The Institute of Statistical, Social and Economic Research, ISSER, University of Ghana, has launched the 25th edition of its flagship report: The State of the Ghanaian Economy in 2015 Report.
It was held on Tuesday, 27th September, 2016 at the Conference hall of the Institute amidst drumming and dancing by the Ghana Dance Ensemble.
Speaking at the launch, the Director of ISSER, Prof. Felix Asante thanked the reviewers of the report and gave a point-by-point overview and outlook of the economy. He urged the government to curb its appetite for borrowing and over reliance on oil to propel the economy.
He said at 73% of GDP in 2015, total government debt remained high (from 36% in 2009 to 73% in 2015) a situation which called for serious prioritization of public finances.
Quoting figures from the report, Prof. Asante stated that Ghana’s GDP grew by 3.9% in 2015, down from 4.0% which continued the trend since 2011.
The Vice-Chancellor Prof. Oduro Owusu launching the Report
The Director noted a significant development in 2015 which saw, for the first time since 2011, non-oil GDP of 4.1% outpace the country’s GDP of 3.9% giving credence to the call on government not to push aside other sectors and rely wholly on oil.
The optional chapter in the report was education which looked at the state of the sector since Independence.
It observed that the Free Compulsory Universal Basic Education (FCUBE) programme introduced in 1995 has improved access to primary education with enrolment climbing from 3.5 million in 1990s to nearly 7 million pupils’ in 2012.
Seated on the high table from left to right were, Dr. Charles Ackah, Head Economic Division, ISSER, Prof. Felix Asante, Director, Prof. Oduro Owusu, V-C and Prof. Samuel Adjei-Mensah, Provost, College of Humanities
Mensah, Provost, College of Humanities
For tertiary education, enrolment in Ghanaian universities went up from under 10,000 students in Ghana’s three public universities in 1987 to over 400,000 by 2015, (according to the National Accreditation Board).
Some challenges identified by the report include decreasing quality of education at all levels as a result of increased access not matched by increased funding and a secondary education system where the top 20% of school graduates account for 70% of the candidates for tertiary education.
Others are that the enrolment in science and Mathematics programmes is significantly lower, stemming from low performance at the Senior High School level and the fact that the overall ratio of science-based to humanities-based programme was about 30% to 70% in 2014.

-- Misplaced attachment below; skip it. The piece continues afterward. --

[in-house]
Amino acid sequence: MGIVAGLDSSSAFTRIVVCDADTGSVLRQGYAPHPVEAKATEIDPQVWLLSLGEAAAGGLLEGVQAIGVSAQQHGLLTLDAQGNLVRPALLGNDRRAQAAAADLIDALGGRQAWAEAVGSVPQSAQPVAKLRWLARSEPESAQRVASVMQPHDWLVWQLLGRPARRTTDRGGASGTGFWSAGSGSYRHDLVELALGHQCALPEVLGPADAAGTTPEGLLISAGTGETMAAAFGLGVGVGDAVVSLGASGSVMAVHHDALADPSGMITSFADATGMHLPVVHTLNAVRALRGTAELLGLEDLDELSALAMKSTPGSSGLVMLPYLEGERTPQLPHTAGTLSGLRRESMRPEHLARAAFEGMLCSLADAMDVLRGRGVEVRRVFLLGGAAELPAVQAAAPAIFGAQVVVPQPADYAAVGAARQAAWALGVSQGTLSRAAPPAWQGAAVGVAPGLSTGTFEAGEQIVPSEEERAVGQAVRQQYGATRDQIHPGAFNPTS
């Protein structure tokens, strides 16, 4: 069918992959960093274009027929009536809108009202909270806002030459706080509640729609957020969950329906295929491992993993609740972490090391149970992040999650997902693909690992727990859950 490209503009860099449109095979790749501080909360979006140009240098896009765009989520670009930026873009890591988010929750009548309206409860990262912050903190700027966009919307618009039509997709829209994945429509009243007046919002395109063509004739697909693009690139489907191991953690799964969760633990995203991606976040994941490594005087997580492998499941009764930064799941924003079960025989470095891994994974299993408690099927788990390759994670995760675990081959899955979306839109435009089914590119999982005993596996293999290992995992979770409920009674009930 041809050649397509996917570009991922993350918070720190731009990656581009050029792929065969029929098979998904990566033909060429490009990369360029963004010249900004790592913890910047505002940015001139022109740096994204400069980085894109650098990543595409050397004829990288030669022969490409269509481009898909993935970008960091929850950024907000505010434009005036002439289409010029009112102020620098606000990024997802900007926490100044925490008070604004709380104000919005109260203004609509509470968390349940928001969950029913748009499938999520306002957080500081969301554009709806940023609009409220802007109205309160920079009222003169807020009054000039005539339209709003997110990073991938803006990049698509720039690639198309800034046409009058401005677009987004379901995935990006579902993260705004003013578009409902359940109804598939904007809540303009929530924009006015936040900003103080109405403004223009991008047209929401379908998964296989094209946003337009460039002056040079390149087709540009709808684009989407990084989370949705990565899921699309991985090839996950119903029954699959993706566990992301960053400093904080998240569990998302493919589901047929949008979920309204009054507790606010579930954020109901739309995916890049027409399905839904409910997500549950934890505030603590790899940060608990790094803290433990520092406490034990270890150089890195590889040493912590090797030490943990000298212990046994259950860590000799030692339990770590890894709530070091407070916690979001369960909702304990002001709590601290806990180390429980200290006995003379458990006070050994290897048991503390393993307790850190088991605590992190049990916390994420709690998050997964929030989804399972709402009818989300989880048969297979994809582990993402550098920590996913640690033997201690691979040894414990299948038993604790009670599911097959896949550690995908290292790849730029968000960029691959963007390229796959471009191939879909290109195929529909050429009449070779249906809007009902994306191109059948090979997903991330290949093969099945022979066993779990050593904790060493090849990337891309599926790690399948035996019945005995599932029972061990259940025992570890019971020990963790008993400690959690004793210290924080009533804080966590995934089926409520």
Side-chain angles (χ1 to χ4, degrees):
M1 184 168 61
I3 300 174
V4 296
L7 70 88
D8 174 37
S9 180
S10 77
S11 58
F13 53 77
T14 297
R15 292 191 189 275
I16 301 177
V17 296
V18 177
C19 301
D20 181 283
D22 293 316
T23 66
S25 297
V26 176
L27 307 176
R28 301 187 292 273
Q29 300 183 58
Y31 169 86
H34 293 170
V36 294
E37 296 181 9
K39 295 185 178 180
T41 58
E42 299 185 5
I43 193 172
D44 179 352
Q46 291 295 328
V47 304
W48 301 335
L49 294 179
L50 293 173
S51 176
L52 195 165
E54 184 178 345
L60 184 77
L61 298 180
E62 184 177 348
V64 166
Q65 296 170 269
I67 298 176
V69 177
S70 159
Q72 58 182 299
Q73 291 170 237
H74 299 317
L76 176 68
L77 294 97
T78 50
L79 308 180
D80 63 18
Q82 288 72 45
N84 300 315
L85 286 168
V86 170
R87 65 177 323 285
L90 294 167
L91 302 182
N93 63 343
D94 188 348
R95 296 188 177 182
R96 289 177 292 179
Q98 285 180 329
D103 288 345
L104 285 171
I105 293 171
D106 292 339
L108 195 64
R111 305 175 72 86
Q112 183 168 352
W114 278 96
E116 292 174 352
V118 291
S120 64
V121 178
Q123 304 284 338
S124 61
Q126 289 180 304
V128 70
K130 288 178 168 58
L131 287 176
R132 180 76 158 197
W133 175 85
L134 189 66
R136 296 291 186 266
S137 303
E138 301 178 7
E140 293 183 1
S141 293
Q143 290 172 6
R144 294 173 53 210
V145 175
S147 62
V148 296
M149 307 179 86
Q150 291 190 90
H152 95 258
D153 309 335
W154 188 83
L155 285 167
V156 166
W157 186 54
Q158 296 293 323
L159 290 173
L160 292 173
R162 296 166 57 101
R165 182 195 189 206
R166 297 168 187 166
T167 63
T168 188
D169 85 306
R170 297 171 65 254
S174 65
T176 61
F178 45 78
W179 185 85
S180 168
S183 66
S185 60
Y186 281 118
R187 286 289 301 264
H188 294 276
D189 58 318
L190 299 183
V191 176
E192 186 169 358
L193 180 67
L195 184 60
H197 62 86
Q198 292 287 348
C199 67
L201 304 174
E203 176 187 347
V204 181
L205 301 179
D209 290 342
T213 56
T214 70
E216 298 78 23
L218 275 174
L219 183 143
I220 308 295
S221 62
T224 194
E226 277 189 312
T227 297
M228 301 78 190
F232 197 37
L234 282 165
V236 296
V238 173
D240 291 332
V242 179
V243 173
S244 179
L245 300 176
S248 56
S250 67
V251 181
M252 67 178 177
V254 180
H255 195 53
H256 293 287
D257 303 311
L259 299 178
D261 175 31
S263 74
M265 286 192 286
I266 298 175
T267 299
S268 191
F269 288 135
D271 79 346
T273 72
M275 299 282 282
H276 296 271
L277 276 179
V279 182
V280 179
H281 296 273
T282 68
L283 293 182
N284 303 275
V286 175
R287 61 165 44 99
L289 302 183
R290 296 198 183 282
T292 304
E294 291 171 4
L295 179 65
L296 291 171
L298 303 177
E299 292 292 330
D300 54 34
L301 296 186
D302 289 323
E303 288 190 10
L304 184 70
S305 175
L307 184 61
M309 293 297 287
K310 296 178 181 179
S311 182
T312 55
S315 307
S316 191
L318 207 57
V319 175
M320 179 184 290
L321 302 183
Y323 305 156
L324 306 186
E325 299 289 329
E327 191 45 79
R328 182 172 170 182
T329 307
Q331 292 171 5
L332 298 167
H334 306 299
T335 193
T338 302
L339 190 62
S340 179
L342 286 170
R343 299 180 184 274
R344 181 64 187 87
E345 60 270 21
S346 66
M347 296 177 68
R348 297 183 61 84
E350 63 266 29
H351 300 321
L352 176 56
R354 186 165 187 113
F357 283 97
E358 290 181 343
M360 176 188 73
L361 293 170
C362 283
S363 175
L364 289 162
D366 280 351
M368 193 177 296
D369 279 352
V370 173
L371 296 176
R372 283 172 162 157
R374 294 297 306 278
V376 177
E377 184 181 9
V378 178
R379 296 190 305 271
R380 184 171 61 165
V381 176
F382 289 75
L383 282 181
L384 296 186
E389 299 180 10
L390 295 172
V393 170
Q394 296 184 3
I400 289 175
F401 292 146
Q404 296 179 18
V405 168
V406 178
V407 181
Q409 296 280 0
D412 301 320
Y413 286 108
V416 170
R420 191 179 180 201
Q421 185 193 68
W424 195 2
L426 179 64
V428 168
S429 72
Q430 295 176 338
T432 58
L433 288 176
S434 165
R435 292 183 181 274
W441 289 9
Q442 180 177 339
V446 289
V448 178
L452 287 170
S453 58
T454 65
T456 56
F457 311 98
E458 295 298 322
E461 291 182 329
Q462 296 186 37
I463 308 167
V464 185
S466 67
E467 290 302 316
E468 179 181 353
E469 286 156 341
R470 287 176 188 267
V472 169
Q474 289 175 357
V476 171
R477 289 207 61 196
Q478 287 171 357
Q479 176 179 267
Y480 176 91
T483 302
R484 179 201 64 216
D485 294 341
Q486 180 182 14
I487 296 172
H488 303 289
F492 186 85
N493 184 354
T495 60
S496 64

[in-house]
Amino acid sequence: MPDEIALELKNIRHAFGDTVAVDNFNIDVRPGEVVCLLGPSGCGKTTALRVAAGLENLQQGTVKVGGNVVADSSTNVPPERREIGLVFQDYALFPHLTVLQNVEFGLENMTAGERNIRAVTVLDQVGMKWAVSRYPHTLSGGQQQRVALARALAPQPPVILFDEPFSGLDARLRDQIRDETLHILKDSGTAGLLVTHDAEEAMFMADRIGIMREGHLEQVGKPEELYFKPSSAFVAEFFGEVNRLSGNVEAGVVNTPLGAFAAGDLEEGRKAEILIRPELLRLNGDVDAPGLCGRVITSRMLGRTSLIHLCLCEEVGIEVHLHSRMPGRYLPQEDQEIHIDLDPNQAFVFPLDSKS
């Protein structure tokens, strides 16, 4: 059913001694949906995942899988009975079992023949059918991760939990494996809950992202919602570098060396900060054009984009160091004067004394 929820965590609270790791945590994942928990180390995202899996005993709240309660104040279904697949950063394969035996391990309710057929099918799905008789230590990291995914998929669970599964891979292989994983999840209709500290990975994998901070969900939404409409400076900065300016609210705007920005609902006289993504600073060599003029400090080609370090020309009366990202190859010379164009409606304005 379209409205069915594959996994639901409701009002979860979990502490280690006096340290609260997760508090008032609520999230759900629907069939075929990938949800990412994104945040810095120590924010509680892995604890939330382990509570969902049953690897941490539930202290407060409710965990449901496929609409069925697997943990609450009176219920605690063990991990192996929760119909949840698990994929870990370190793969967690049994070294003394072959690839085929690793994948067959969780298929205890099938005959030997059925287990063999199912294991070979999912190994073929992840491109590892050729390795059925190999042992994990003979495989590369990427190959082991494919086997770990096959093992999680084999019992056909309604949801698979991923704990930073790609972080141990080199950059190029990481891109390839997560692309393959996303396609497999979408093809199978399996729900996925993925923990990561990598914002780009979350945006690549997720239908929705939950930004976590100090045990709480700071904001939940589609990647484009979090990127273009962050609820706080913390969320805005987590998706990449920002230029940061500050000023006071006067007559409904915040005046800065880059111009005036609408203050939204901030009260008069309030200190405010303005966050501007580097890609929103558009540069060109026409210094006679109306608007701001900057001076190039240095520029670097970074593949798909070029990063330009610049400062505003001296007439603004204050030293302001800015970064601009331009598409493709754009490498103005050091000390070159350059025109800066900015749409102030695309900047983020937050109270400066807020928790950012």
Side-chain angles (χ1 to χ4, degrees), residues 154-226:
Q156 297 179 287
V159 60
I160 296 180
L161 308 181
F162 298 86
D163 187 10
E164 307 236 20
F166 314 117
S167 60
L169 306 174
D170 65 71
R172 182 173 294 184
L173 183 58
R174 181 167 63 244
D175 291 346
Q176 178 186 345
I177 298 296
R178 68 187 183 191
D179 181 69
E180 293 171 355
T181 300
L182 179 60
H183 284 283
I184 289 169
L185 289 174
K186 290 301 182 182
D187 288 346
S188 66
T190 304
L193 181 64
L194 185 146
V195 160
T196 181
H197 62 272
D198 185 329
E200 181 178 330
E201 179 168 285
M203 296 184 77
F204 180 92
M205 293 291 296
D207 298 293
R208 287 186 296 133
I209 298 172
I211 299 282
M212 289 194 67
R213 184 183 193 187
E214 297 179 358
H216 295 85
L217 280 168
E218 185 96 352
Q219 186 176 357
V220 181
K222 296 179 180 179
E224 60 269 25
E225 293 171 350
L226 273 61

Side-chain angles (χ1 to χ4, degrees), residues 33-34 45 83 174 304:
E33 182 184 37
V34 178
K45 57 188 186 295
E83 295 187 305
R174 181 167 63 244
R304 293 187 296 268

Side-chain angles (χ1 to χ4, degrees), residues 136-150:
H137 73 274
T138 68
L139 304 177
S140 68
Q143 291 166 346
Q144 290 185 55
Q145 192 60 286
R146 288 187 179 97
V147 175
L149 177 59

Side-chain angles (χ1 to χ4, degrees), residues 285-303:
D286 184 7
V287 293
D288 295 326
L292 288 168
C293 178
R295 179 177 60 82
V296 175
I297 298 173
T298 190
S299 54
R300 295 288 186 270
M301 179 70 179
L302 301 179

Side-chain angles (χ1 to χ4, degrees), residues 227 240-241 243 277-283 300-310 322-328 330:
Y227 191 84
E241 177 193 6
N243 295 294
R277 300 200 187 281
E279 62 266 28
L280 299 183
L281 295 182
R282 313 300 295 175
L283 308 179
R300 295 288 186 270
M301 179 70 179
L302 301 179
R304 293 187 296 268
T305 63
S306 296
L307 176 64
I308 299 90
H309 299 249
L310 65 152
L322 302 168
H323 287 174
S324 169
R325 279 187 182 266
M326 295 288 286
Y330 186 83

Some of the audience at the launch
During the open discussion, representatives of some institutions and individuals asked questions and responses came from some members of the team that wrote the report and amongst them were Prof. Jonathan Arko Fletcher, Prof. Asante, Prof Peter Quartey and Dr. Charles Ackah.
Launching the report, the Vice-Chancellor of the University of Ghana, Prof. Ebenezer Oduro Owusu, commended ISSER for the report and the role it is playing in providing empirical-based knowledge on the economy.
He noted the neutral stance of the report and hoped it will set the agenda in the media space for meaningful discussion towards national development.
The Vice-Chancellor urged the government to resuscitate the agricultural sector arguing that countries which have developed like Japan started with agriculture.
He argued that the way forward for the nation is to give priority to science at all levels of the educational ladder.
As the world rolls out the next set of Sustainable Development Goals, SDGs, Prof Jeffrey Sachs, Special Advisor to the UN Secretary General has turned the ‘heat’ on African governments
While, globally, most think tanks have become transparent about their sources of funding, only one Ghana think tank scored five stars in Transparify’s Think Tank Transparency 2016 report released today June 29, 2016.
The report which looks at think tanks that take money behind closed doors, has three categories; highly transparent (five stars), broadly transparent (four to two stars) and highly opaque (1-0 star).
ISSER, in collaboration with the Ghana Statistical Service (GSS), organised a training programme for personnel from various units of GSS.
A 3-day meeting on Nigeria Baseline Study Design was held at the Institute of Statistical, Social and Economic Research (ISSER) from 16th- 18th May, 2016. It was attended by 20 Researchers from research institutions in seven countries in Africa, The Netherlands and two from Bill and Melinda Gates Foundation (BMGF), in Seattle, United States.
Ghana has failed to structurally transform its economy and society in spite of a sustained period of growth since 1983, vast natural resources availability, stability and relatively strong human capital. Recent analysis of the political economy contends that it is the character of politics in Ghana that has stalled the transformation agenda.
Research is a kind of investment that requires huge funding in order to achieve its corollary benefit of development. However, funding research can be challenging especially in less developed countries where poverty, disease, poor education and corruption may be priority. Ironically, solutions to the never-ending problems in Africa for instance lie in proper scientific research.
The benefits of social science research travels beyond academic purposes to impact on our daily lives. All over the world new methods and new tools are transforming the way social scientists do research and make arguments.
The West African Think Tank Network (WATTNet) has been officially launched at the inaugural conference under the theme “Transforming West Africa for Inclusive Development”. WATTNet is a network of West African think tanks established in September 2015 with the goal of promoting socio-economic and political development in the sub-region.